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Progress made for neighborhood dealing with burned house


TAMPA, Fla. (WFLA) – Residents along Clarice Circle in Tampa were happy to see Hillsborough County Code Enforcement and deputies from the Hillsborough County Sheriff’s Office show up early Friday morning.

That’s because they brought trespass warnings for people who had turned the front yard at 2032 Clarice Circle into a living room.

“I’m very happy,” said Terri Scott, who lives next door. “We’ve been trying for a long time with code enforcement, the law enforcement, and now with you, Ms. Shannon … you did for us, and we sure do appreciate you.”

County officials had already declared the home inhabitable but complained that progress was moving slowly and the people living on the lawn were disruptive.

Sylvia Scott, who lives next door, said the fire in April melted part of her fence, and her insurance company is waiting for the home next door to either be fixed or torn down.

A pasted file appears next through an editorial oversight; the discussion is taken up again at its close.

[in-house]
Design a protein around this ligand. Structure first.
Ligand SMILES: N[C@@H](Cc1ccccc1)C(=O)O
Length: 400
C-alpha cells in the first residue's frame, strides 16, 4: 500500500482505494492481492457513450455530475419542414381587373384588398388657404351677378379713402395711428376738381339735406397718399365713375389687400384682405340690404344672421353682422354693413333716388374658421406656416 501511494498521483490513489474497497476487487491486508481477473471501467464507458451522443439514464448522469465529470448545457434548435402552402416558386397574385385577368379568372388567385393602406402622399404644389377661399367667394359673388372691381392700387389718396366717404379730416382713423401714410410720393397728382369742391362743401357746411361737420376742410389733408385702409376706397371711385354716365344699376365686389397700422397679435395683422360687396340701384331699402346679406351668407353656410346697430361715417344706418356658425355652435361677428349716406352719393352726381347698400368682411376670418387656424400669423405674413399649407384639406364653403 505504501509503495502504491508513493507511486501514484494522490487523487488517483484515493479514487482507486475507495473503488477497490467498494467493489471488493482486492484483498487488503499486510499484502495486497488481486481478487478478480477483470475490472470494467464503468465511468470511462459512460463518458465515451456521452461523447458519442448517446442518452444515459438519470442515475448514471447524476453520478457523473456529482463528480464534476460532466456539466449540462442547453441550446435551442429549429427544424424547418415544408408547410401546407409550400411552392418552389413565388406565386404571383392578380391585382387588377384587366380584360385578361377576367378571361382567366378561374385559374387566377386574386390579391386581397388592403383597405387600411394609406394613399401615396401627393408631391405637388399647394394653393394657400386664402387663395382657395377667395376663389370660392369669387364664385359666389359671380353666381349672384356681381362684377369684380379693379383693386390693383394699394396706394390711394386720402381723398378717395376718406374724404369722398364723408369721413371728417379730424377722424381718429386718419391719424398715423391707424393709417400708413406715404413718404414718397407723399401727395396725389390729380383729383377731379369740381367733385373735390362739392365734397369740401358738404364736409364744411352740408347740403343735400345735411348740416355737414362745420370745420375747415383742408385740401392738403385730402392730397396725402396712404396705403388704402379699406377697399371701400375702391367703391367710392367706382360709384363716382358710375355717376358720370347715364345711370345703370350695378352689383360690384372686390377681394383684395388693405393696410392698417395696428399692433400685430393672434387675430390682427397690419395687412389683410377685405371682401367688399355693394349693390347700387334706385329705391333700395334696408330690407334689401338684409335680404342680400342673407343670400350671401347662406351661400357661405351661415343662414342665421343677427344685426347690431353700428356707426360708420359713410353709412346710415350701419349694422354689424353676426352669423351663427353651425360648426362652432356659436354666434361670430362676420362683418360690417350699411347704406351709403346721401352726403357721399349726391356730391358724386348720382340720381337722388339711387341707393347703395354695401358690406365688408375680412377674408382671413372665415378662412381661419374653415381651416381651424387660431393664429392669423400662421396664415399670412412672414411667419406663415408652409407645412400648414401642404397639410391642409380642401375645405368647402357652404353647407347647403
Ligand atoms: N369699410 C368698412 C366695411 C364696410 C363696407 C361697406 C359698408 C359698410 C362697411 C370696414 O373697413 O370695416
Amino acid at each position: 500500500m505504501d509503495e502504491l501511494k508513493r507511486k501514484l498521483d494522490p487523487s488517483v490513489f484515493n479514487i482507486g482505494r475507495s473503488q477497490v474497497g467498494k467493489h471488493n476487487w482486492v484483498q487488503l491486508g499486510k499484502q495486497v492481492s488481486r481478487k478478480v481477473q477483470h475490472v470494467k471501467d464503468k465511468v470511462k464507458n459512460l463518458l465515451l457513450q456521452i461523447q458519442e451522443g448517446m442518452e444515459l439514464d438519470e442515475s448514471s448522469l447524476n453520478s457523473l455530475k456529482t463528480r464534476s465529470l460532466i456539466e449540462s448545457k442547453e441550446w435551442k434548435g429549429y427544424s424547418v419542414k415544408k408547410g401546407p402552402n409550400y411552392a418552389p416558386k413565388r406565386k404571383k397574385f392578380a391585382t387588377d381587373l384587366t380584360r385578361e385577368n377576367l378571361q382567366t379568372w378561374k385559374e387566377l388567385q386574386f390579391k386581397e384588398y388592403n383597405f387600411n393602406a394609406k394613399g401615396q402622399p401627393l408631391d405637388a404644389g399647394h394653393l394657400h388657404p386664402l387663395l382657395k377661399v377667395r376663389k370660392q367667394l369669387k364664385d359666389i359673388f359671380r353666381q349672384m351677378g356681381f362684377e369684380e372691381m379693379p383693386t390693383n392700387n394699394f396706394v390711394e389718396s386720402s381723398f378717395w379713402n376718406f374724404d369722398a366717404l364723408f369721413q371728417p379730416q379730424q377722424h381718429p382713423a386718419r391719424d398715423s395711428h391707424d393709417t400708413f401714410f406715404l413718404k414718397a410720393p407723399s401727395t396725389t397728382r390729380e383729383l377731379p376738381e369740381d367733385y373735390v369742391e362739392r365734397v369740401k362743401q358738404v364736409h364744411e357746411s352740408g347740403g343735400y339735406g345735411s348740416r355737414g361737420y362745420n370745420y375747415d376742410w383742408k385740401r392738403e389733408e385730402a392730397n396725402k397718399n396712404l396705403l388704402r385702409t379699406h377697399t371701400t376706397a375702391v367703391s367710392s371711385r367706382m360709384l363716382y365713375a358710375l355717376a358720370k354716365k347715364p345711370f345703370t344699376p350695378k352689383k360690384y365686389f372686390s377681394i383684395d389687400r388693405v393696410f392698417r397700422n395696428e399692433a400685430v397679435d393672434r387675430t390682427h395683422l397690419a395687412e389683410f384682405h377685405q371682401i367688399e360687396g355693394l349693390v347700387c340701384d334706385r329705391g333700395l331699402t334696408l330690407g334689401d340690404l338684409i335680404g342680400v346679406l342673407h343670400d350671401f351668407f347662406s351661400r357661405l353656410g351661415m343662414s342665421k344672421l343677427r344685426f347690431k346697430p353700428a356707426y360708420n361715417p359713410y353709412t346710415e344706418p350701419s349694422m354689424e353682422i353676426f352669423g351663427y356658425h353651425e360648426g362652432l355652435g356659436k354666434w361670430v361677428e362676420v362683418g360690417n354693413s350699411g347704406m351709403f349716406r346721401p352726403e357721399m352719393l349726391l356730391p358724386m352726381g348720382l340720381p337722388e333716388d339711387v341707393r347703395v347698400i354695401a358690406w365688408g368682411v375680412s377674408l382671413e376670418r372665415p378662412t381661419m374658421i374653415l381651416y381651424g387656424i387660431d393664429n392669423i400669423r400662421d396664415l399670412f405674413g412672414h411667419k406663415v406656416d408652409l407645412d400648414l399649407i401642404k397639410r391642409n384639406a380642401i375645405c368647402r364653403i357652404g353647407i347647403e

“They can’t do anything to help me,” Scott said. “I just want my fence fixed.”

Complicating matters, the county says one of the three people living on the property is a family member of the property owner.

There’s junk and trash everywhere, clothes lines and a pool full of green gunk. The property has no mortgage, and Code Enforcement said earlier this week they had been unable to reach the owner. Residents felt the county was dragging their feet, so Investigative Reporter Shannon Behnken went straight to the top.

Code Enforcement Director Joe Gross said earlier this week that code officials called law enforcement about the people on the property but deputies couldn’t reach the owner either. Family members of the elderly property owner dispute that.

After questions from Better Call Behnken, the county and family of the property owner connected.

Deputies say the property owner requested everyone living on the property to leave. When deputies arrived Friday morning, no one was there, so they posted a trespass warning.

Gross says the county is now working with the property owner to determine the best way to tear down the dangerous house. If the elderly property owner is unable to do so, the county would tear down the house, he said, in about a month.


Copyright 2020 Nexstar Broadcasting, Inc. All rights reserved. This material may not be published, broadcast, rewritten, or redistributed.

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